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Gear for Growth

How much gear do you need to grow your apiary? Would you be disappointed if I told you "it depends"? Because it really does, of course. But I'm going to walk you though some considerations to help you build your equipment list for a year of apiary growth.

Consideration #1: Storage

Before you start buying a pile of gear, it's a good idea to plan for where you're going to store it. After all, it's only out in the field for a few months of the year. The rest of the time, it will need to be stored in a dry, pest-free location. This seems really obvious, but the amount of storage space we need seems to surprise us year after year.

Consideration #2: Equipment Size

When you start to buy honey supers in year two and beyond, you will need to make a decision about what size of equipment to use. Langstroth equipment comes in three sizes: shallow, medium, and deep. Brood boxes are most commonly deeps (this is probably the size of frames that came with your nuc).

We have chosen to use deeps as our honey supers as well because we like the flexibility of moving frames up and down (for example, if there's a beautiful honey frame in the brood box, or if your queen lays brood in your honey super). The downside, of course, is that deeps full of honey can weight 100lbs so if that's a deal breaker (or a back breaker) for you, then you will want to choose medium or shallow honey supers.

Consideration #3: How Many Boxes?

There isn't really a magic number of boxes per hive that you will need. It will depend, of course, on what size equipment you choose to use. It will also vary from season to season and region to region.

We almost always use 2 honey supers per hive, plus a 3rd on about half of our hives.

A nice "safe" number is 3 deep honey supers per hive (in addition to the two brood boxes). This is a good number to start with if you've got one or two backyard hives. As you get more hives, you can get away with having a bit less equipment per hive because you are not likely to need the same number of supers on every hive all at once.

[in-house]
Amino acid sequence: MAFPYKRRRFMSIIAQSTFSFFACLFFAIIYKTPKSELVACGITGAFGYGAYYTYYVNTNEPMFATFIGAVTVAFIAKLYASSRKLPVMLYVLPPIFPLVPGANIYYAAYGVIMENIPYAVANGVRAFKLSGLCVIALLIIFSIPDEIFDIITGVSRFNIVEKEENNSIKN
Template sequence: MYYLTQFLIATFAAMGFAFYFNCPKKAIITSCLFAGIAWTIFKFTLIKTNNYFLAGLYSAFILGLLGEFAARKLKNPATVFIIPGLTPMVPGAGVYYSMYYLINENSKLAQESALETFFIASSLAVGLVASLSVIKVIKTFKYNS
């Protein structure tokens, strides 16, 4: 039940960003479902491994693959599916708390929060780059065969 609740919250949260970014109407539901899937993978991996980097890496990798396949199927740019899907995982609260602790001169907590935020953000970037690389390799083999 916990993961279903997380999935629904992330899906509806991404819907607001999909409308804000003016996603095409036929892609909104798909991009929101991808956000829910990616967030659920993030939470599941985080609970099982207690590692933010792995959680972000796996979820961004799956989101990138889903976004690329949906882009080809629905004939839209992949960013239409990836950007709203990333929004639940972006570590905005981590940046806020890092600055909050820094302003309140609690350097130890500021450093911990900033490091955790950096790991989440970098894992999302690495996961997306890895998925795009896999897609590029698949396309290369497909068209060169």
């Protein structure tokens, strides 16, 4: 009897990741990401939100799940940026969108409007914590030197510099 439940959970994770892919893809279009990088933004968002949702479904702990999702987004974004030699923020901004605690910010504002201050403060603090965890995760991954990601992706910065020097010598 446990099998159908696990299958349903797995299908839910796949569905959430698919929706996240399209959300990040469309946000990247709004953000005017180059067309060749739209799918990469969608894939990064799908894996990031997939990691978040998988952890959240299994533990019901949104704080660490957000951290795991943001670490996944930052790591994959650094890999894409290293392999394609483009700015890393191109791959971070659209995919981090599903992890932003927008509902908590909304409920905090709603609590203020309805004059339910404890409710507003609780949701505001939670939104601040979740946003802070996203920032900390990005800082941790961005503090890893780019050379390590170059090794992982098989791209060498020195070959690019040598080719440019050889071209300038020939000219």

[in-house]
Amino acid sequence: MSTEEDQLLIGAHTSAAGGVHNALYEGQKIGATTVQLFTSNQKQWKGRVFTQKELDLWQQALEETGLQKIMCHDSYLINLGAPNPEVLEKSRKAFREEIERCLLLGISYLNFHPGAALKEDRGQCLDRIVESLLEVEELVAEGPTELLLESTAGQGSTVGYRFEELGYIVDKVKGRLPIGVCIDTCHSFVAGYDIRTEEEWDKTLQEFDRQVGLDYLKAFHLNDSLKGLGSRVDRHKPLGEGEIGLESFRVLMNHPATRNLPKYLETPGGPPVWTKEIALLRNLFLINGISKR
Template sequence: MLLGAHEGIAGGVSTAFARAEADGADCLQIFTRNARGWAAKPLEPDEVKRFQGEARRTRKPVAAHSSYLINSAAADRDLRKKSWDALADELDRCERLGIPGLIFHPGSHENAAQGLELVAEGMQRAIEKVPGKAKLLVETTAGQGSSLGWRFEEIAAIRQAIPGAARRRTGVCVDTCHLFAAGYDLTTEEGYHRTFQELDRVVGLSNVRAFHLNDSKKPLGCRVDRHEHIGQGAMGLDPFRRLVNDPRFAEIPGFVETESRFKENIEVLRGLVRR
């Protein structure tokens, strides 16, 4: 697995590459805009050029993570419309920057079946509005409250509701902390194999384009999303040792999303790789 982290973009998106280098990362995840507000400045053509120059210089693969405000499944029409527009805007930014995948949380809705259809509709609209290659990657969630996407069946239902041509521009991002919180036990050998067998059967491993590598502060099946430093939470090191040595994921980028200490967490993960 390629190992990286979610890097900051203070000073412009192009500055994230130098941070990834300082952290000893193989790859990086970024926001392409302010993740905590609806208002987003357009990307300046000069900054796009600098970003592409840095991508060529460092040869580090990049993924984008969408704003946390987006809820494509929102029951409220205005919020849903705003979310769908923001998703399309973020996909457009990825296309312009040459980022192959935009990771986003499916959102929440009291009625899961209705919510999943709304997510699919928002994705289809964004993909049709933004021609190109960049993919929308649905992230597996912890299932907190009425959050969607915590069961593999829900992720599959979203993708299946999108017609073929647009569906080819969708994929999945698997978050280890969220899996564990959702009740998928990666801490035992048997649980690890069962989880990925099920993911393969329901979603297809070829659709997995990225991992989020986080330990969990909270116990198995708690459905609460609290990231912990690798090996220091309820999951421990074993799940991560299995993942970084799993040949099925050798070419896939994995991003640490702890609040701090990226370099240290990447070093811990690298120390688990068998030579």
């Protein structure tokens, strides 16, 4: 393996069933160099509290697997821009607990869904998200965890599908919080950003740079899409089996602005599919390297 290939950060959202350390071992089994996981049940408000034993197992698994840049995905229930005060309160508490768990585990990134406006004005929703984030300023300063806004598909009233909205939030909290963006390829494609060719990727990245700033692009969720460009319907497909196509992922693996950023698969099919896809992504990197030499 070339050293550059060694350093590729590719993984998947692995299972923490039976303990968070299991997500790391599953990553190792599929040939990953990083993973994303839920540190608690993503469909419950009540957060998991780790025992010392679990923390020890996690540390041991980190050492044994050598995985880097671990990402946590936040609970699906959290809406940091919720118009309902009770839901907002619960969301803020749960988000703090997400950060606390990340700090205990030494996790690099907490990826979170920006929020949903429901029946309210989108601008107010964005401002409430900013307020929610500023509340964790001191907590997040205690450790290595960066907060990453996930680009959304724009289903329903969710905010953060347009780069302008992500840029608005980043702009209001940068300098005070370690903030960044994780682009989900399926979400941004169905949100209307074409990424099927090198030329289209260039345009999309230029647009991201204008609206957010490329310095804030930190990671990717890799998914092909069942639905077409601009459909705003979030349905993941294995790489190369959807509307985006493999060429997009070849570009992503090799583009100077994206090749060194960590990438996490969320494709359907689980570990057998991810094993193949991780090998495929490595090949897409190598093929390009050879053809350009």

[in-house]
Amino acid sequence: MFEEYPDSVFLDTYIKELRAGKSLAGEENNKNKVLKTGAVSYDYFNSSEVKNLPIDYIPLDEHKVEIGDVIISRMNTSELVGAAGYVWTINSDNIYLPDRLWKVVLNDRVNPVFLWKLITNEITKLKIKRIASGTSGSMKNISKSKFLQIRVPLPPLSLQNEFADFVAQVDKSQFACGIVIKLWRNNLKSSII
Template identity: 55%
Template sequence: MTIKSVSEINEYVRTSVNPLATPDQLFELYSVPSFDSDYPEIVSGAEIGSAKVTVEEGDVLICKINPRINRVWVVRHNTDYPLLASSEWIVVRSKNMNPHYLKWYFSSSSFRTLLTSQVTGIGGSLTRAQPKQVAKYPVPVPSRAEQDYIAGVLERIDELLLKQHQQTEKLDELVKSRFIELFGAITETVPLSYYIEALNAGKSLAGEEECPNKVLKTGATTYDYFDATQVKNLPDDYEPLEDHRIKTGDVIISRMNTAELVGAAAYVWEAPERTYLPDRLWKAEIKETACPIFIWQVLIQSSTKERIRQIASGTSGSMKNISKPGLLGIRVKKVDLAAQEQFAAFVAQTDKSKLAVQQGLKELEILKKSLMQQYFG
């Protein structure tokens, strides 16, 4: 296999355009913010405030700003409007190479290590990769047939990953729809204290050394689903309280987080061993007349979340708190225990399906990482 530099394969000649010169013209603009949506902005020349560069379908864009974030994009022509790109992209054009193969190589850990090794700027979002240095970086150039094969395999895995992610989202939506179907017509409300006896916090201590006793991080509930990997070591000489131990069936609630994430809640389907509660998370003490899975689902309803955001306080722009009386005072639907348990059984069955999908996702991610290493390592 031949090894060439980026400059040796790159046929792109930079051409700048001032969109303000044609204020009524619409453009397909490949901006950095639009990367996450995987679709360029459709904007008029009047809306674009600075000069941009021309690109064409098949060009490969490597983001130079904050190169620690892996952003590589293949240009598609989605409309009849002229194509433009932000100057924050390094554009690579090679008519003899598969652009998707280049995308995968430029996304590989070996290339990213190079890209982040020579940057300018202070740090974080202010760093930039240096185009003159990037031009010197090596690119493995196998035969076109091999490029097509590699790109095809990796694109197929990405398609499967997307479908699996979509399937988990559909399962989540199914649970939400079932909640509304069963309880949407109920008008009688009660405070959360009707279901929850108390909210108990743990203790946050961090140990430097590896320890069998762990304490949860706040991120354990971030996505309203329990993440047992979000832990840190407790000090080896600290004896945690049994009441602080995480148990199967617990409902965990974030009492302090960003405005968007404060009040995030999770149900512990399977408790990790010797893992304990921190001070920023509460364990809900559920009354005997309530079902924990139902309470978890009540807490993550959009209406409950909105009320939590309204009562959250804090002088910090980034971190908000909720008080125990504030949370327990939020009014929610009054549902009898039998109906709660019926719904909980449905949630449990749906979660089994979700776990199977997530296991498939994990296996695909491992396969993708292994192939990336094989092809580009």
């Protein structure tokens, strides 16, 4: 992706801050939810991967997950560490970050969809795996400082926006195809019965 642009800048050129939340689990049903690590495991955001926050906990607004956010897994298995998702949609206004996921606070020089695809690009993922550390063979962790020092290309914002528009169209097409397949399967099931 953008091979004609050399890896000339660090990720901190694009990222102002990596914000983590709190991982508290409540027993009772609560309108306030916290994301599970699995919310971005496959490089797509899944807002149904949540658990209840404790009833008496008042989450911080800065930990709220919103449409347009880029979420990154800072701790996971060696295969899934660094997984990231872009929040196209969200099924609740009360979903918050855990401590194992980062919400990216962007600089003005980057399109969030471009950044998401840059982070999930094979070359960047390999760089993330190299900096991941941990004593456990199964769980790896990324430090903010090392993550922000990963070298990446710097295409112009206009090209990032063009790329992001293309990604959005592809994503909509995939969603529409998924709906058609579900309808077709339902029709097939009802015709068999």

This is my 5 year old son standing beside the

tallest hive we have ever had.

Consideration #4: Additional Hive Equipment

It is ALWAYS a good idea to have a full extra hive on hand in case you need to make an emergency split during swarm season. This might be that nuc box that I convinced you to buy earlier this month (read about why you need a nuc box here if you missed it), or it might be a complete hive set up. If you are running all deeps, you can get away 'borrowing' boxes from your equipment stash if you've got extra bottom and top boards ready to go.

If you have opted to use medium or shallow honey supers, then it is even more important for you to make sure you have a nuc box or addition hive set up on hand since it is a pain to get bees to move out of a medium box once they've moved in!

Having extra gear ready to use is even more important if you live remotely. Where we live, everything needs to be ordered in and we can count on it taking at least a week to arrive, and then whatever time we need to build it. That means that winter is the time for us to buy and build!

With these considerations in mind, what's on your wish list this winter? Let me know in the comments!


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